But many of Amidon’s patients talk about another kind of trauma, a psychic bruise that, unlike PTSD, isn’t rooted in fear. Some of these soldiers describe experiences in which they, or someone close to them, violated their moral code: hurting a civilian who turned out to be unarmed, shooting at a child wearing explosives, or losing trust in a commander who became more concerned with collecting decorative pins than protecting the safety of his troops. Others, she says, are haunted by their own inaction, traumatized by something they witnessed and failed to prevent. In 2012, when the first wave of veterans was returning from the Middle East, these types of experiences were so prevalent at OASIS that “the patients asked for a separate group where they could talk about the heavier stuff, the guilt stuff,” Amidon says. In January 2013, the center created individual and group therapy opportunities specifically for soldiers to talk about the wartime situations that they felt went against their sense of right and wrong. (Rules of engagement are often an ineffective guide through these gray areas: A 2008 survey of soldiers deployed at the beginning of the conflict in Iraq found that nearly 30 percent of the soldiers in each group encountered ethical situations in which they were unsure how to respond.)
Experts have begun to refer to this specific type of psychological trauma as moral injury. “These morally ambiguous situations continue to bother you, weeks, months, or years after they happened,” says Shira Maguen, the mental-health director of the OEF/OIF Integrated Care Clinic at the San Francisco Veterans Affairs Medical Center and one of the first researchers to study the concept. Examples of situations that might precipitate moral injury are betrayals by those in leadership roles, within-rank violence, inability to prevent death or suffering, and hurting civilians. Sometimes it co-exists with PTSD, but moral injury is its own separate trauma with symptoms that can include feelings of shame, guilt, betrayal, regret, anxiety, anger, self-loathing, and self-harm. Last year, a study published in Traumatology found that military personnel who felt conflicted about the “rightness” or “wrongness” of a combat situation were at an increased risk for suicidal thoughts and behavior afterwards, compared with their peers who didn’t have that same sense of ambiguity. The main difference between the two combat-induced traumas is that moral injury is not about the loss of safety, but the loss of trust—in oneself, in others, in the military, and sometimes in the nation as a whole.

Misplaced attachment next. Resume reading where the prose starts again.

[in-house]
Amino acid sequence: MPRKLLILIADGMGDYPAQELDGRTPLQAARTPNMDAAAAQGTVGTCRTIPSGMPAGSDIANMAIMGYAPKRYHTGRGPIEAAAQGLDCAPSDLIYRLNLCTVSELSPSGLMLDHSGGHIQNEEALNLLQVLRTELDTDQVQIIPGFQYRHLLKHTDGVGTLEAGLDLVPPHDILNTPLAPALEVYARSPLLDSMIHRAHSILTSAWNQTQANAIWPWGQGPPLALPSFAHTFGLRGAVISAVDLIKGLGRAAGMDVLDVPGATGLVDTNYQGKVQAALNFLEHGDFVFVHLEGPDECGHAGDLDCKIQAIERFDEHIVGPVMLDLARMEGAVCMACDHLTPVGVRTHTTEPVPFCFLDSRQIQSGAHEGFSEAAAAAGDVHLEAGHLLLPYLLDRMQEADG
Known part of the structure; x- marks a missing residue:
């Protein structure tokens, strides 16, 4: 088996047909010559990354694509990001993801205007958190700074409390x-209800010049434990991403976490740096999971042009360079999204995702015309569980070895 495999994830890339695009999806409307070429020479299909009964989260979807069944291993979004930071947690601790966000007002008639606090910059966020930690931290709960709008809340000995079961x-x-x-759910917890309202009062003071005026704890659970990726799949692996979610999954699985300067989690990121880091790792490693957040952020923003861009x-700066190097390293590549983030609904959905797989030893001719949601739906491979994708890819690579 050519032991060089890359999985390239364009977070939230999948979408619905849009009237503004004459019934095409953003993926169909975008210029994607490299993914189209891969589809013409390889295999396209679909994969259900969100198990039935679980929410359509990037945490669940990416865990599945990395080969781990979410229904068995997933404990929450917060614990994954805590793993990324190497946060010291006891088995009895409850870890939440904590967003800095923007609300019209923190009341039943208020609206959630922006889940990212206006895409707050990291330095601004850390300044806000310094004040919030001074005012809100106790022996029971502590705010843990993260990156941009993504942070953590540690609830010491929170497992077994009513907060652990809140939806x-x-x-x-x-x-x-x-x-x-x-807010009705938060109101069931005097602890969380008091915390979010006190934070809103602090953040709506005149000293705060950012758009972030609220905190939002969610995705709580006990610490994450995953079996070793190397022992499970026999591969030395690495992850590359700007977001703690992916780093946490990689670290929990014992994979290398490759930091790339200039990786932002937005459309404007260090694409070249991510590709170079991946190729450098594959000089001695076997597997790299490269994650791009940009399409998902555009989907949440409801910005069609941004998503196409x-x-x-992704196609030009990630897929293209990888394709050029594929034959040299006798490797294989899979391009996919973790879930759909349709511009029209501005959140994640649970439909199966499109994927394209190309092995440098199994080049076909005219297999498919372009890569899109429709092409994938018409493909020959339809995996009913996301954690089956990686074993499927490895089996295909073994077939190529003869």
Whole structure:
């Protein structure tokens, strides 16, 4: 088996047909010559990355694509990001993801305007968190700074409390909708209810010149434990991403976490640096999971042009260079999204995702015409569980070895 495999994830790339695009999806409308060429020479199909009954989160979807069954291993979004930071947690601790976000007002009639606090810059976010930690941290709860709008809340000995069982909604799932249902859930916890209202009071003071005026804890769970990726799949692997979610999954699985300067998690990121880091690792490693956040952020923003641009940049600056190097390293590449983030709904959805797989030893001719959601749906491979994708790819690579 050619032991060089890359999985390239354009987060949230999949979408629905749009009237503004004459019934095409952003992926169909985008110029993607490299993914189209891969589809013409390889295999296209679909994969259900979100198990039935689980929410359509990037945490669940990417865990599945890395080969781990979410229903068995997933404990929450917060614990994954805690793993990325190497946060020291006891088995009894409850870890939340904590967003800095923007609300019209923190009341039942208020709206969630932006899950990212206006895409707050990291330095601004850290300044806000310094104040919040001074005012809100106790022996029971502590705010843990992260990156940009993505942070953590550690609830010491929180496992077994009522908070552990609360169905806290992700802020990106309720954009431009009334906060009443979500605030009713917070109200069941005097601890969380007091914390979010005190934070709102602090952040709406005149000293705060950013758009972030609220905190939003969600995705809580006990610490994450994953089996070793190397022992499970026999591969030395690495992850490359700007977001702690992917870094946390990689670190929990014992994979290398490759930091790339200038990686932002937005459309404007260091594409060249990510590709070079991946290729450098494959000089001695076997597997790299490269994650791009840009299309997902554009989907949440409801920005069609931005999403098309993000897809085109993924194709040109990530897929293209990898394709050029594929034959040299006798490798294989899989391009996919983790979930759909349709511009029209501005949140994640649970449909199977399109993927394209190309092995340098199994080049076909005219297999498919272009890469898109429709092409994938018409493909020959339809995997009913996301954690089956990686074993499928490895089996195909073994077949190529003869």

If you watched the panel I participated in with Phil Donahue you will have seen a brave and thoughtful mother join our panel mid way through. This is her son’s story. It has become quite chic and trendy for non-veterans to write eloquent and idolizing, but dangerously simple and incomplete brotherhood of war tropes. Here’s a more accurate portrayal of what the brotherhood of war actually means when young men come home with the moral injuries inflicted by war: